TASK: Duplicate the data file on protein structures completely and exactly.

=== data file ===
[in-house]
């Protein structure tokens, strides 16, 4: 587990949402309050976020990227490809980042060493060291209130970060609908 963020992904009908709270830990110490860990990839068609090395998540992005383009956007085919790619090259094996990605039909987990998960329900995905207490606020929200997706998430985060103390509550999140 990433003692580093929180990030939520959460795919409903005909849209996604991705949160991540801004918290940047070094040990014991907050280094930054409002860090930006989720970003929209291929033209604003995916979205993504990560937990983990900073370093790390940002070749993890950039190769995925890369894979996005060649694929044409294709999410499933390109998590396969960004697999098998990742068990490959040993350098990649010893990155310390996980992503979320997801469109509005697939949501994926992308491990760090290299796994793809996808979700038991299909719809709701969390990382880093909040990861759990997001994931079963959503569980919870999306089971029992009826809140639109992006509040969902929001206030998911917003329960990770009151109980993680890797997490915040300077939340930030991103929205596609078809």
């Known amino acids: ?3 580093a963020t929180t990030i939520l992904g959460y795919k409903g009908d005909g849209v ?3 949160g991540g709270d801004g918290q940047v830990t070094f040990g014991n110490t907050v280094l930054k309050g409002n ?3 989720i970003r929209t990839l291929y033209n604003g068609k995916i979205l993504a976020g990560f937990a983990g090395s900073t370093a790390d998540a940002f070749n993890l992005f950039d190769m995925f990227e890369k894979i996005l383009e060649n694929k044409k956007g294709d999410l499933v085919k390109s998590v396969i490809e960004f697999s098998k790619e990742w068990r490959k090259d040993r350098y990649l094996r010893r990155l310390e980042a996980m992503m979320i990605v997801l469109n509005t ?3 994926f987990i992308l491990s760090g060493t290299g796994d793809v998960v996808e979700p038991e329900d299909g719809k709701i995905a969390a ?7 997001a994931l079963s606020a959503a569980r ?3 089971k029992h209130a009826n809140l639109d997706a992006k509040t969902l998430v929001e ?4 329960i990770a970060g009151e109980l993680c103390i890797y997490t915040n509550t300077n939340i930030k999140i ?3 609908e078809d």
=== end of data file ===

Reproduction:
[in-house]
């Protein structure tokens, strides 16, 4: 587990949402309050976020990227490809980042060493060291209130970060609908 963020992904009908709270830990110490860990990839068609090395998540992005383009956007085919790619090259094996990605039909987990998960329900995905207490606020929200997706998430985060103390509550999140 990433003692580093929180990030939520959460795919409903005909849209996604991705949160991540801004918290940047070094040990014991907050280094930054409002860090930006989720970003929209291929033209604003995916979205993504990560937990983990900073370093790390940002070749993890950039190769995925890369894979996005060649694929044409294709999410499933390109998590396969960004697999098998990742068990490959040993350098990649010893990155310390996980992503979320997801469109509005697939949501994926992308491990760090290299796994793809996808979700038991299909719809709701969390990382880093909040990861759990997001994931079963959503569980919870999306089971029992009826809140639109992006509040969902929001206030998911917003329960990770009151109980993680890797997490915040300077939340930030991103929205596609078809």
């Known amino acids: ?3 580093a963020t929180t990030i939520l992904g959460y795919k409903g009908d005909g849209v ?3 949160g991540g709270d801004g918290q940047v830990t070094f040990g014991n110490t907050v280094l930054k309050g409002n ?3 989720i970003r929209t990839l291929y033209n604003g068609k995916i979205l993504a976020g990560f937990a983990g090395s900073t370093a790390d998540a940002f070749n993890l992005f950039d190769m995925f990227e890369k894979i996005l383009e060649n694929k044409k956007g294709d999410l499933v085919k390109s998590v396969i490809e960004f697999s098998k790619e990742w068990r490959k090259d040993r350098y990649l094996r010893r990155l310390e980042a996980m992503m979320i990605v997801l469109n509005t ?3 994926f987990i992308l491990s760090g060493t290299g796994d793809v998960v996808e979700p038991e329900d299909g719809k709701i995905a969390a ?7 997001a994931l079963s606020a959503a569980r ?3 089971k029992h209130a009826n809140l639109d997706a992006k509040t969902l998430v929001e ?4 329960i990770a970060g009151e109980l993680c103390i890797y997490t915040n509550t300077n939340i930030k999140i ?3 609908e078809d």